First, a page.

Magma Plumbing Keeps Working Underneath Kīlauea’s New Landscape
Volcano Watch is a weekly article and activity update written by U.S. Geological Survey Hawaiian Volcano Observatory scientists and affiliates. Today’s article is by Hawaiian Volcano Observatory research geophysicist Ingrid Johanson.
Last week, Hawai‘i Volcanoes National Park was able to open the Kīlauea Overlook to the public for the first time since the lower East Rift Zone eruption and summit collapse in 2018. The viewing location offers a new perspective on the breathtaking summit collapse structures and the major changes those collapses had on Kīlauea’s landscape.
From May 16 until August 2, 2018, pieces of Kīlauea caldera dropped downwards in a series of 62 individual collapse events. At the end, the deepest part of Halemaʻumaʻu had descended 500 m (1600 feet); more than enough to fit the Empire State Building. The eastern section of the caldera floor was lowered by 140 m (460 feet), creating a new cliff face in the interior of Kīlauea caldera just as high as the caldera cliff face under Kīlauea Overlook.
While these collapses were happening, it was clear the summit would never look the same. Those of us watching at the USGS Hawaiian Volcano Observatory (HVO) also wondered if the underlying summit magma system would ever behave the same.
Prior to 2018, geophysical data showed a complex system of magma storage chambers under Kīlauea summit. One of the most prominent was a shallow chamber (about 1.6 km or 1 mile deep) under Kīlauea caldera, called the Halemaʻumaʻu reservoir. This reservoir was connected to the surface via a conduit that formed the Overlook crater and supplied lava to the summit lava lake.
The first clue about the post-collapse state of the shallow reservoir came in October 2018 when summit tiltmeters picked up a phenomenon called a deflation-inflation event (DI-event). Before the 2018 collapses, DI-events occurred regularly and could be observed from summit tiltmeter records and in the changing lava lake height. Together these data showed that the shallow Halemaʻumaʻu reservoir was deflating and re-inflating repeatedly.
While DI-events were clearly observable at Kīlauea’s summit, tiltmeters near Puʻu ʻŌʻō recorded similar motions just with a slight time delay. The fact that pressure changes during the deflation and inflation of the summit reservoir could be transmitted so directly to Puʻu ʻŌʻō was an indication of how closely connected the East Rift Zone was to the summit magma system.
It was with a little excitement that the first clear post-eruption DI-event was observed in October 2018. The shape and size of the event was very similar to pre-eruption DI-events, indicating that the shape and size of the shallow Halemaʻumaʻu reservoir must not be too different from its pre-eruption state. Furthermore, tiltmeters on the East Rift Zone showed a faint trace of a DI-event just following the October event. This indicated that the close connection between the shallow Halemaʻumaʻu reservoir and the East Rift Zone still exists.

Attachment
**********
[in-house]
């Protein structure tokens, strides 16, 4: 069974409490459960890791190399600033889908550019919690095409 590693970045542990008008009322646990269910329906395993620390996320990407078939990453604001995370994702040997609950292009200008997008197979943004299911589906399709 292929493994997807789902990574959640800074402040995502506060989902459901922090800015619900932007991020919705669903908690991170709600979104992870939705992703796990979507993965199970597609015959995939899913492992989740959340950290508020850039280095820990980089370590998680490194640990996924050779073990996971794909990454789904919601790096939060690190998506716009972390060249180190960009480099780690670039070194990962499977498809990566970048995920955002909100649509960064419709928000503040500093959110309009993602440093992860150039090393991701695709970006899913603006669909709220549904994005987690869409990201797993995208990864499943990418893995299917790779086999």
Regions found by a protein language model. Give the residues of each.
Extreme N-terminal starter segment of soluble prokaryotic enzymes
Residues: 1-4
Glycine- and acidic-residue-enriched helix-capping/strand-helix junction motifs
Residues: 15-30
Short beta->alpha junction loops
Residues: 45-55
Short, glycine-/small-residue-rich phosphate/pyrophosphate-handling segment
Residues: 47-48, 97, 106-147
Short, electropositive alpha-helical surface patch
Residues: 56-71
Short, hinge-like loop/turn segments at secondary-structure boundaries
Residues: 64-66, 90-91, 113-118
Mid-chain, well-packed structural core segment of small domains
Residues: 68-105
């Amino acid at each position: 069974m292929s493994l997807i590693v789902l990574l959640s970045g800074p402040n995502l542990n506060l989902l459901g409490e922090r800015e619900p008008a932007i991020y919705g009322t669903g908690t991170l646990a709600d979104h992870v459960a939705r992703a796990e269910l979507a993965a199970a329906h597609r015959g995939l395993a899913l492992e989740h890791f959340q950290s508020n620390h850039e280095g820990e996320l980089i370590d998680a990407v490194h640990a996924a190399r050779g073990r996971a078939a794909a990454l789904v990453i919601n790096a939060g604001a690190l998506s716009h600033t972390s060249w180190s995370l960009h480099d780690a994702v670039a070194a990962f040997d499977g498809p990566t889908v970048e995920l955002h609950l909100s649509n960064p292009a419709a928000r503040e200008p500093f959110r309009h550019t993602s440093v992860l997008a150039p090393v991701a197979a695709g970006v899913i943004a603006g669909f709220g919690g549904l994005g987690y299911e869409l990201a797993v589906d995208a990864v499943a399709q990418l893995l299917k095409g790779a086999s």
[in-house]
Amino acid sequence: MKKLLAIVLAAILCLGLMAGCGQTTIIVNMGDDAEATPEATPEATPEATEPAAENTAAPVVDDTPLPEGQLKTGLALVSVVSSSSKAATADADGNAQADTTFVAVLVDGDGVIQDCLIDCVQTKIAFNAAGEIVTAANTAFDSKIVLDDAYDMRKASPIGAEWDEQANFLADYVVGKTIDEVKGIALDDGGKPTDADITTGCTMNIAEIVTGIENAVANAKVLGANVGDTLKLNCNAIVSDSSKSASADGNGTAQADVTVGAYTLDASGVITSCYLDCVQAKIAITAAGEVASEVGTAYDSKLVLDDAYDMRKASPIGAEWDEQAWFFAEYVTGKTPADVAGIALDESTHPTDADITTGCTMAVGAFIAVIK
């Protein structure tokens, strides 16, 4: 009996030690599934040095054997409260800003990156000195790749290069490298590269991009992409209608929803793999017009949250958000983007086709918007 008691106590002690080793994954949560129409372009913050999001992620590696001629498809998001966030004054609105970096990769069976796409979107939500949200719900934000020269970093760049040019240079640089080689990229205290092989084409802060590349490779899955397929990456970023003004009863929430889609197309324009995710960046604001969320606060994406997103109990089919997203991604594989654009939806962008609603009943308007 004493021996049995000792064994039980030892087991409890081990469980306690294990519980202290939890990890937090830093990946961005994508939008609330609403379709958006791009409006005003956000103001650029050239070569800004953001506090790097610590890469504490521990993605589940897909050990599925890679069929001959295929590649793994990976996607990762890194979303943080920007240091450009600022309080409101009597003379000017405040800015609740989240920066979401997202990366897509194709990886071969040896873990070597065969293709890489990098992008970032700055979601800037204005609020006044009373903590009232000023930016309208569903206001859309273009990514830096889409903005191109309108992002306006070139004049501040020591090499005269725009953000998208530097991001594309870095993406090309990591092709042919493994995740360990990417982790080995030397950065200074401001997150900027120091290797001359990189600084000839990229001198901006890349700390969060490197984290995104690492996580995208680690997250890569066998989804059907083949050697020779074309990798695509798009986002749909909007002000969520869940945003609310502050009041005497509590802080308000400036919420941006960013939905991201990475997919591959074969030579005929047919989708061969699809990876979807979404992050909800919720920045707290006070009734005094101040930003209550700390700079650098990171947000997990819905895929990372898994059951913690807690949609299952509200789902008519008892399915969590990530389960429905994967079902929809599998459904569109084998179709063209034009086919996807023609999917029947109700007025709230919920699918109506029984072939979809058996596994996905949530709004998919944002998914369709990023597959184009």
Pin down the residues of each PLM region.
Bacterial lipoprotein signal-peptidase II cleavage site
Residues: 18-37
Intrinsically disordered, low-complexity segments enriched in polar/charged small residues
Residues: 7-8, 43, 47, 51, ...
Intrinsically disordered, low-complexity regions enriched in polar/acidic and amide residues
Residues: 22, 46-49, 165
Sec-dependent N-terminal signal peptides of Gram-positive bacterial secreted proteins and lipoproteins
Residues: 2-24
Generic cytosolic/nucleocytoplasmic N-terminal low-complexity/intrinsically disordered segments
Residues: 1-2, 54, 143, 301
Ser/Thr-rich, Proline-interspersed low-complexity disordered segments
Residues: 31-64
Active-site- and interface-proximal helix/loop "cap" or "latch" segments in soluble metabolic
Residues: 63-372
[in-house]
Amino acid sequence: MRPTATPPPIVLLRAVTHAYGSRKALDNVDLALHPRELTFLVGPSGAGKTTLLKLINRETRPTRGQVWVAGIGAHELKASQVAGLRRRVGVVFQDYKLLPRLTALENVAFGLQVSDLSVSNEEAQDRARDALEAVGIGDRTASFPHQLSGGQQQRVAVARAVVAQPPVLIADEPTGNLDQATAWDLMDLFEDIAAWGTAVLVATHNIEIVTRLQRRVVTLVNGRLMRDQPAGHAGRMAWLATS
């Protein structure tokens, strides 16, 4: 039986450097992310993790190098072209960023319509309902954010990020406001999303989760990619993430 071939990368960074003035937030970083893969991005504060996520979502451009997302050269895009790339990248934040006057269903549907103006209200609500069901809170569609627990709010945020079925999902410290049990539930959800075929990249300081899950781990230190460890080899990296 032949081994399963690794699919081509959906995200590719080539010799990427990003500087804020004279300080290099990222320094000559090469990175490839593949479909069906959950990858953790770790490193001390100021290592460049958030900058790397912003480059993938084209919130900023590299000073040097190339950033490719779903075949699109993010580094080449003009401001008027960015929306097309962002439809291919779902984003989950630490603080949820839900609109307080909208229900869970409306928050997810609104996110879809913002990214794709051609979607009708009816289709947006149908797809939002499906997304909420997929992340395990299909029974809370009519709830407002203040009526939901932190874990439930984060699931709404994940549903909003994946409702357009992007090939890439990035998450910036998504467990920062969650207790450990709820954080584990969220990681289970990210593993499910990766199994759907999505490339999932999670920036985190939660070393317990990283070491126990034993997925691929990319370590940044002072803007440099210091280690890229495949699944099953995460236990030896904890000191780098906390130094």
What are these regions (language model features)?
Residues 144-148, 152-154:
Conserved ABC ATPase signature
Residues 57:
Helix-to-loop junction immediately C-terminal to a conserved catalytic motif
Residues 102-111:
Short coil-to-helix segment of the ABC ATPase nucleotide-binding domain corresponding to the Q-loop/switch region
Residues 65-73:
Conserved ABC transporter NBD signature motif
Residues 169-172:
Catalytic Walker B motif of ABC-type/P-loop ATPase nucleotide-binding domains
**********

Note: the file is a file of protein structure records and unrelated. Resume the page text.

Since then, a more in-depth analysis has been done that gives us more clues about the shallow Halemaʻumaʻu reservoir. In a December 2019 article in Science magazine, USGS scientists detailed how deformation data from the intense deflation of the summit magma chambers during the first weeks of the 2018 eruption, together with observations of the descending lava lake, allowed them to calculate the total amount of magma in the Halemaʻumaʻu reservoir more precisely than ever before.
Taking into account the natural uncertainty of the data, they found the most likely volume of the reservoir to be just under 4 cubic km (about 1 cubic mile). Given the collapse volume of 0.8 cubic km (0.2 cubic miles), this means that only about 20% of the reservoir was emptied during the 2018 eruption and 80% of the reservoir’s magma is still underneath the summit.
So, while the surface of Kīlauea caldera has undergone a major remodel, underneath, the magma plumbing system still works in much the same way did before. This is reassuring because it means that what we’ve learned about Kīlauea’s magma system over the past several decades can still be applied to our current monitoring efforts. It also means that we can continue to improve our understanding of the 2018 eruption by using observations we make now. The 2018 eruption has already provided incredible insights into Kīlauea’s structure and behavior and we look forward to learning even more.